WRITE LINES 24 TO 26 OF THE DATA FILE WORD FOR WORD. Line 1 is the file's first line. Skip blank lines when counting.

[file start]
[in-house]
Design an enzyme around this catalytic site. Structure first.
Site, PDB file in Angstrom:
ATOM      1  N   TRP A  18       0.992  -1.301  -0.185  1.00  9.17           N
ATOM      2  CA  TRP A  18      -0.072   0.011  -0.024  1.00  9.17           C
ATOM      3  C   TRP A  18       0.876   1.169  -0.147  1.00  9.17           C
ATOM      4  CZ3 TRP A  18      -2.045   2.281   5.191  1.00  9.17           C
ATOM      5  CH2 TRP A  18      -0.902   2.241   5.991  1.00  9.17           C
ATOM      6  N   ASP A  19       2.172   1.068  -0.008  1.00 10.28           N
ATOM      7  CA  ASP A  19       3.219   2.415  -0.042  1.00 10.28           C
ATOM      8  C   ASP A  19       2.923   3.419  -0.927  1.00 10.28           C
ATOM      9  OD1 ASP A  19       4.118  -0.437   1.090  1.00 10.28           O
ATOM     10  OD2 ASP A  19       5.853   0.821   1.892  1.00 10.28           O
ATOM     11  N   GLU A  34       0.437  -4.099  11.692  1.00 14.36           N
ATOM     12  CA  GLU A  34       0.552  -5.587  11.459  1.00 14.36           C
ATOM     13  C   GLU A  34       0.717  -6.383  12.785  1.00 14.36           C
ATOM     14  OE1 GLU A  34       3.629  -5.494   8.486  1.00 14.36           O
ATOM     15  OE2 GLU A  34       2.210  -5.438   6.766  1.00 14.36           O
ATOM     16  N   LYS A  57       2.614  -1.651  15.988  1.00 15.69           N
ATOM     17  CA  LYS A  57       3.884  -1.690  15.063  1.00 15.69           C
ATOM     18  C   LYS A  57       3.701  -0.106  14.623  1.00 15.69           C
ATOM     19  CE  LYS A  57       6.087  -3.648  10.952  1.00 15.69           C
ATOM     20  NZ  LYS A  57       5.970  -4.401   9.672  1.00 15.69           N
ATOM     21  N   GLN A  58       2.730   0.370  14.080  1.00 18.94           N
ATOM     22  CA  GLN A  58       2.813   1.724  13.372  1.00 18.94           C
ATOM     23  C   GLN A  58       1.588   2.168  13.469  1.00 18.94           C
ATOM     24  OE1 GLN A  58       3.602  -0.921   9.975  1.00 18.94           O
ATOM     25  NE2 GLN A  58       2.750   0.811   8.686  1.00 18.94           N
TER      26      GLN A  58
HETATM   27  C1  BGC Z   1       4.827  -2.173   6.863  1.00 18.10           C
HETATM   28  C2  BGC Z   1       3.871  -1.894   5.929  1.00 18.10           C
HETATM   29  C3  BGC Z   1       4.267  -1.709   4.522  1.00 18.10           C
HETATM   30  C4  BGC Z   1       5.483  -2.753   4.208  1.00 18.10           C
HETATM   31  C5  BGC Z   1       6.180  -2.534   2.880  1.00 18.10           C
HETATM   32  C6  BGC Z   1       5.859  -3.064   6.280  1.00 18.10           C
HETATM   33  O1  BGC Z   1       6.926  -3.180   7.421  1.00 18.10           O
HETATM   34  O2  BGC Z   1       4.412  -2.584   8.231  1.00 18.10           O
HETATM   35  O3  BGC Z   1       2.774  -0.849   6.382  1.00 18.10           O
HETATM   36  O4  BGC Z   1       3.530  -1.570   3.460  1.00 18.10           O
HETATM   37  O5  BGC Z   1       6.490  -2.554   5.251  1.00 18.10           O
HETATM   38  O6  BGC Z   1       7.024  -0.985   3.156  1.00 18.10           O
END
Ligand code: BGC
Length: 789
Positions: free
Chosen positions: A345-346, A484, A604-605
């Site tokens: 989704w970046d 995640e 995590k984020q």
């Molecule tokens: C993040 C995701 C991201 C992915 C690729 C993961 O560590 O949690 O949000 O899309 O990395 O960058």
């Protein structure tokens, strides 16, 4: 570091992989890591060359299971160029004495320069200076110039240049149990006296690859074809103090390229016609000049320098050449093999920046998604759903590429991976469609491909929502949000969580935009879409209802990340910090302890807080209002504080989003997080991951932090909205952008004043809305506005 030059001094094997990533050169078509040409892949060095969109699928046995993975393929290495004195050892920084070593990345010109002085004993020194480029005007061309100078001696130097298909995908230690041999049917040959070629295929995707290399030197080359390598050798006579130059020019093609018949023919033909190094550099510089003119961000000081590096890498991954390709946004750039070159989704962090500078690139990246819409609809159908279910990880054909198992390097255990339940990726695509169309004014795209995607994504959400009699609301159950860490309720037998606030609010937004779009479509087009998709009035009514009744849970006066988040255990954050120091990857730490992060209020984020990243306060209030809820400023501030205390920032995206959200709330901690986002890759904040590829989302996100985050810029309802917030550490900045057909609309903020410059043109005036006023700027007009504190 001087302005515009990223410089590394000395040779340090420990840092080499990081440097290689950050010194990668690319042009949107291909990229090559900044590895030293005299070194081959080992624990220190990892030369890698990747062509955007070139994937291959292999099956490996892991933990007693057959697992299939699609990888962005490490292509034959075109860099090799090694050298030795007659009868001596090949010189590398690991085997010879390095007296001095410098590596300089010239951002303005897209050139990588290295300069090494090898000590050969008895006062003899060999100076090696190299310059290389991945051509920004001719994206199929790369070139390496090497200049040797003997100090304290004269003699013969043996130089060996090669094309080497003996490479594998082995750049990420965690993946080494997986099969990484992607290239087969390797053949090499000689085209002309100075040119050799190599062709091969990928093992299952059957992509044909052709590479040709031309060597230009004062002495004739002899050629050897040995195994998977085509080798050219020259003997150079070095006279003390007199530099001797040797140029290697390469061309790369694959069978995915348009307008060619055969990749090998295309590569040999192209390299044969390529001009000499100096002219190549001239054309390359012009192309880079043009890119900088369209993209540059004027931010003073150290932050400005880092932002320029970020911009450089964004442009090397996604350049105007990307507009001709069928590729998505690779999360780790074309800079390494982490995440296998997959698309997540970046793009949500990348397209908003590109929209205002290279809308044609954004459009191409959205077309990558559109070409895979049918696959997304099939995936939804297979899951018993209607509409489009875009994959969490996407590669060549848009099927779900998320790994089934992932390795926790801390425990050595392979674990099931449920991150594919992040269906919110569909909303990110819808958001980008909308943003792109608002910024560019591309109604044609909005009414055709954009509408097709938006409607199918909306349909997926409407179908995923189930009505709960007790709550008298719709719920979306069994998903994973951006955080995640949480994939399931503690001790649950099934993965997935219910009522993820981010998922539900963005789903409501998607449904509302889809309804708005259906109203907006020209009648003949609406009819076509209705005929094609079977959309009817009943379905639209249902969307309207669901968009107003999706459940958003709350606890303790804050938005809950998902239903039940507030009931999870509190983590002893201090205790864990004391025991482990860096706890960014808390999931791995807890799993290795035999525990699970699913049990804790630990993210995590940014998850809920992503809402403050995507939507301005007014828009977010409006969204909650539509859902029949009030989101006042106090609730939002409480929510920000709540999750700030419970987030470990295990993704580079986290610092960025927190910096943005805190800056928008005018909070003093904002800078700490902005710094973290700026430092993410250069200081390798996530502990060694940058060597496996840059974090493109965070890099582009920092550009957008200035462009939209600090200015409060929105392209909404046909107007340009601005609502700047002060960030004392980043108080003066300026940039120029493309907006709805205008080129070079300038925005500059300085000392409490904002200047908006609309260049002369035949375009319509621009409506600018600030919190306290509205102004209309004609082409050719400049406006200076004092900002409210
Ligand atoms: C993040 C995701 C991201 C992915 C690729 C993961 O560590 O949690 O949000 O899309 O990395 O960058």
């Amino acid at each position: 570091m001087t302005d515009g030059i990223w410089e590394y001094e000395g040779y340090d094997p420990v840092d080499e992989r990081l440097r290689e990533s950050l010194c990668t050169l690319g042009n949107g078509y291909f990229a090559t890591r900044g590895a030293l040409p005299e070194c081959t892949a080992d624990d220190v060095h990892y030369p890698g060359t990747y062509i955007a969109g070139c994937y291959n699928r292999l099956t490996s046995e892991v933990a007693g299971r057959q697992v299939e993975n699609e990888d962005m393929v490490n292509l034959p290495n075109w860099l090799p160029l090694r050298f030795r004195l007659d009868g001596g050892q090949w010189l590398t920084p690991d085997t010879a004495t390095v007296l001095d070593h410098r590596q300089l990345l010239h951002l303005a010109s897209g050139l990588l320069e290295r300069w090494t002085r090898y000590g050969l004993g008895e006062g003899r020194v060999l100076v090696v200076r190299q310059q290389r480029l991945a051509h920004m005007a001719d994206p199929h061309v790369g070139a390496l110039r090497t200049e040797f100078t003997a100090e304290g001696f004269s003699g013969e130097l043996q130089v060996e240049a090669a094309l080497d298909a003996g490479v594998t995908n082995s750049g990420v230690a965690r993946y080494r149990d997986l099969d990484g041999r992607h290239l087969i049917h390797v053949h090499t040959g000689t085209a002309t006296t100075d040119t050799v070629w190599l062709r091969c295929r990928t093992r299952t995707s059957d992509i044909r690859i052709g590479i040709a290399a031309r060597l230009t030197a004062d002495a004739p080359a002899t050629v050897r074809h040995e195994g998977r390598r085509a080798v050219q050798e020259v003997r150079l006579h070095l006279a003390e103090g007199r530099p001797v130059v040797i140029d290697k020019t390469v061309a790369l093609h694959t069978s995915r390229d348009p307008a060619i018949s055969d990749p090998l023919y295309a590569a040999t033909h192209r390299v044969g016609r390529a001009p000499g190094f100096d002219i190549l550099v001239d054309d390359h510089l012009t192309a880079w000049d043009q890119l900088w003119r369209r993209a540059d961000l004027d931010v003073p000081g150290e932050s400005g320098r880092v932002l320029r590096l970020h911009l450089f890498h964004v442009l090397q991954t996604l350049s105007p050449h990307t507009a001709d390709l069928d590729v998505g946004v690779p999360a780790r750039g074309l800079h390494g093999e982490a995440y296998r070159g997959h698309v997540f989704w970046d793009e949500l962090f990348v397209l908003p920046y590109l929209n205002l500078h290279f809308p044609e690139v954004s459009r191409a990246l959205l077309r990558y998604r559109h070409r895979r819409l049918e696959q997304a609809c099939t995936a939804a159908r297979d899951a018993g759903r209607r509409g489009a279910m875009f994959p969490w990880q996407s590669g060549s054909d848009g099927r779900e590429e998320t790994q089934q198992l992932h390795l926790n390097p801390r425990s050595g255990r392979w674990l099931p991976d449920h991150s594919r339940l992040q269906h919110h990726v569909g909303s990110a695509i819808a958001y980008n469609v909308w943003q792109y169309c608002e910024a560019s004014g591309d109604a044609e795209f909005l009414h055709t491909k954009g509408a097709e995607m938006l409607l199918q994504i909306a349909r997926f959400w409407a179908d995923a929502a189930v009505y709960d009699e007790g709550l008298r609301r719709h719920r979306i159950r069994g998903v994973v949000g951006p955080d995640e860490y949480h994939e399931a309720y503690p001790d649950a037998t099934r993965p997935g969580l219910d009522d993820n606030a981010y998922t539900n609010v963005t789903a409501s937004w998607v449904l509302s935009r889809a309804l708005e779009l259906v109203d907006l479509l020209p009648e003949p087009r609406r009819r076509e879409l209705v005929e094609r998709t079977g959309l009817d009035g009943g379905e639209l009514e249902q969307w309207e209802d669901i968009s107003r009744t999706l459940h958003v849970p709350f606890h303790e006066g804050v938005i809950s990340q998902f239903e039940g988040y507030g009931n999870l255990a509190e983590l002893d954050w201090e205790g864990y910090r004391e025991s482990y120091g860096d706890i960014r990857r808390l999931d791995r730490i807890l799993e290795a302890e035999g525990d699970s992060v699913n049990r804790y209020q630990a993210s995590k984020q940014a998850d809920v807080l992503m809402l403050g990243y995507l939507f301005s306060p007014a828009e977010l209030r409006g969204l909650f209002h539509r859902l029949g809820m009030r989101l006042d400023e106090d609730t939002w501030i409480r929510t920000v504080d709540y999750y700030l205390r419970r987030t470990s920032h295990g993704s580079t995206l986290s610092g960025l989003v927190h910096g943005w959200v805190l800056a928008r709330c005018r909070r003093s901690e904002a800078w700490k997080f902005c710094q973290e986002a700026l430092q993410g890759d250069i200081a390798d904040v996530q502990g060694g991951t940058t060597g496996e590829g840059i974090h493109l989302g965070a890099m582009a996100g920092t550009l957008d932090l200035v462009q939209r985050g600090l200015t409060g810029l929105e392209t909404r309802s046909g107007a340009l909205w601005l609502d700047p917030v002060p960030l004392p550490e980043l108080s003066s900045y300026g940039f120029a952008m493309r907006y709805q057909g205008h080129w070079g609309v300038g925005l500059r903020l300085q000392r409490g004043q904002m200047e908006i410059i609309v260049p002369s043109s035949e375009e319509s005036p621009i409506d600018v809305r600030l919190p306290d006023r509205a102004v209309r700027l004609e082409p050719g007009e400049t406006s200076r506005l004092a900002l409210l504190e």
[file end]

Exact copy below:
ATOM     21  N   GLN A  58       2.730   0.370  14.080  1.00 18.94           N
ATOM     22  CA  GLN A  58       2.813   1.724  13.372  1.00 18.94           C
ATOM     23  C   GLN A  58       1.588   2.168  13.469  1.00 18.94           C